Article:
North Carolina Republicans fight to keep racial gerrymandering evidence out of court
The Supreme Court may have said it’s a-okay for North Carolina Republicans to gerrymander congressional districts for partisan purposes, but a state-level lawsuit could still strike down gerrymandered legislative districts. Naturally, Republicans are doing everything they can to prevent relevant evidence against them from making its way into court.
Thomas Hofeller, the Republican gerrymandering expert who proposed a census citizenship question to benefit “Republicans and non-Hispanic whites,” also worked on North Carolina’s gerrymander. After an earlier Hofeller gerrymander was struck down by the courts, Republican legislators promised that this time, they wouldn’t use racial data. Except guess what—when Hofeller’s files were turned over to Common Cause after his death, it turned out that he had racial data for North Carolina on his computer.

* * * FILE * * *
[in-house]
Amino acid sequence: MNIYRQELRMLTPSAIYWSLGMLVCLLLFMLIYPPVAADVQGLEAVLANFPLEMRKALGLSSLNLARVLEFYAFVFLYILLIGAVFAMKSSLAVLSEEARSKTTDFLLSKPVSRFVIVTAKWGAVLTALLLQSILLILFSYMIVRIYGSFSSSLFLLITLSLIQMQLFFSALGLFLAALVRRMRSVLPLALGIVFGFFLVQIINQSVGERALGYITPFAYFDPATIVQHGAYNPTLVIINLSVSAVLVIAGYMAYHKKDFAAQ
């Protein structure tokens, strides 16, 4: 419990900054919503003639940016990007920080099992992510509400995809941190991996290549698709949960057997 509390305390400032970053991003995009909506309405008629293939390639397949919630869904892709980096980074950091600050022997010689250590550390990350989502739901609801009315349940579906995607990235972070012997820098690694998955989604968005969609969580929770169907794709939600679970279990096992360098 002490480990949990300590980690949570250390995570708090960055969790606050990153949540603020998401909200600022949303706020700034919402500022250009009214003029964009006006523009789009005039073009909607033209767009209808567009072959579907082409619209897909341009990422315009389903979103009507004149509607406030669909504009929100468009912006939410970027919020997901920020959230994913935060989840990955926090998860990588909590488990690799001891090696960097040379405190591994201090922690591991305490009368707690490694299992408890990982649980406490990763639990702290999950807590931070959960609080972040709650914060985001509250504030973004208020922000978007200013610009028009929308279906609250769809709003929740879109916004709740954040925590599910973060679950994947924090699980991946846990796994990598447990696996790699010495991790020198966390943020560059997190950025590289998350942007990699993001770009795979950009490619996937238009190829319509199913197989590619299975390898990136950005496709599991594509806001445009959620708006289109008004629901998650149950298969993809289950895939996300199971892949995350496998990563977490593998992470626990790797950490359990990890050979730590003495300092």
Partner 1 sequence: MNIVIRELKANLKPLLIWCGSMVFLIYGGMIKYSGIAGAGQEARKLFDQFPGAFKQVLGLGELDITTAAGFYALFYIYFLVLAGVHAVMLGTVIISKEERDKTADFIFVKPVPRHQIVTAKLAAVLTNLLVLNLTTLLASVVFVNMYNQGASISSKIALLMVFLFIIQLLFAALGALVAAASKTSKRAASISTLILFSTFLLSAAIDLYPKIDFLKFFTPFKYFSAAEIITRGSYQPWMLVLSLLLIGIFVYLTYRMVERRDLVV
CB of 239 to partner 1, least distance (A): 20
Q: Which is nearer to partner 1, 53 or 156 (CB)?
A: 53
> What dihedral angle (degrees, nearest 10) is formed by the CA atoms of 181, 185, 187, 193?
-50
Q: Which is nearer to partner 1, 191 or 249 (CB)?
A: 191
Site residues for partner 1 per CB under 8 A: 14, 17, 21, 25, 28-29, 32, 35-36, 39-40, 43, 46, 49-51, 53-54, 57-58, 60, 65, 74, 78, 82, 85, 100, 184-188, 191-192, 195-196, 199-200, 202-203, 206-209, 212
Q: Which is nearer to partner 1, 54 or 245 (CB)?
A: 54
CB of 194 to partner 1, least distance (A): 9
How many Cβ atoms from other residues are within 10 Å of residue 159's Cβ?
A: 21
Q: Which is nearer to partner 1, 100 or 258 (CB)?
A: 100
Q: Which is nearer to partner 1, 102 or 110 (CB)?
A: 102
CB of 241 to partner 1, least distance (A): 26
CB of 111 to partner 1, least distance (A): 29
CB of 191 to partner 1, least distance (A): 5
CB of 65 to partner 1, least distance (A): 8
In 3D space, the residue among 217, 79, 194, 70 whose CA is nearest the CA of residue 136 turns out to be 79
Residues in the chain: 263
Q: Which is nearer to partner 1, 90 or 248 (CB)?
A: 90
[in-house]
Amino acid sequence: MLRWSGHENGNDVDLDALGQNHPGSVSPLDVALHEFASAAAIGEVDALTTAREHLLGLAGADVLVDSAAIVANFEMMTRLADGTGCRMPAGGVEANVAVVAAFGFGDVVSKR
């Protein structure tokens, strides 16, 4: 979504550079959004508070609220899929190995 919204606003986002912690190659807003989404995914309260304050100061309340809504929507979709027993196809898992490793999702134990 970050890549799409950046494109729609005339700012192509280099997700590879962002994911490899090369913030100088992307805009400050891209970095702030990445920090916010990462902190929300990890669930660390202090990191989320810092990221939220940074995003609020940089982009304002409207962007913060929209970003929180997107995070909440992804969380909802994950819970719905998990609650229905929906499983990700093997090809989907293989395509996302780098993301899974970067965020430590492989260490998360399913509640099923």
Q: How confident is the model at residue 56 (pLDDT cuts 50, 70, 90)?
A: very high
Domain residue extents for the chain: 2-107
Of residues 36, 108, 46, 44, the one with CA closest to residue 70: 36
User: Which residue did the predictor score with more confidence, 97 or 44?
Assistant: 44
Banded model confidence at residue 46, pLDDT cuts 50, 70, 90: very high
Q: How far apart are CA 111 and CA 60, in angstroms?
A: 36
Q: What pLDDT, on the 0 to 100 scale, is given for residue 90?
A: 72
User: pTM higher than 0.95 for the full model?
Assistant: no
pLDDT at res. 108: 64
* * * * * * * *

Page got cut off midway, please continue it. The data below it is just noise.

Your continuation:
A lawyer for the Republican legislators claims that evidence shouldn’t be allowed in the case because the legislators didn’t know Hofeller had the racial data: “There’s no evidence the legislature knew of any of this, okay? We take that as a given. So what Dr. Hofeller was doing with maps on his own time can’t possibly relate to the intent of the legislature..” So … the claim is that Republicans should be able to use Hofeller’s maps drawn using racial data because they didn’t know that’s how they were drawn? (“Didn’t know”—it’s awfully convenient, and unprovable.) This is like saying “Well, your honor, I bought my car from the same guy I previously bought a stolen car from. But this time I didn’t know it was stolen, so I should get to keep it.”
A three-judge panel will soon rule on whether the Hofeller evidence will be allowed in.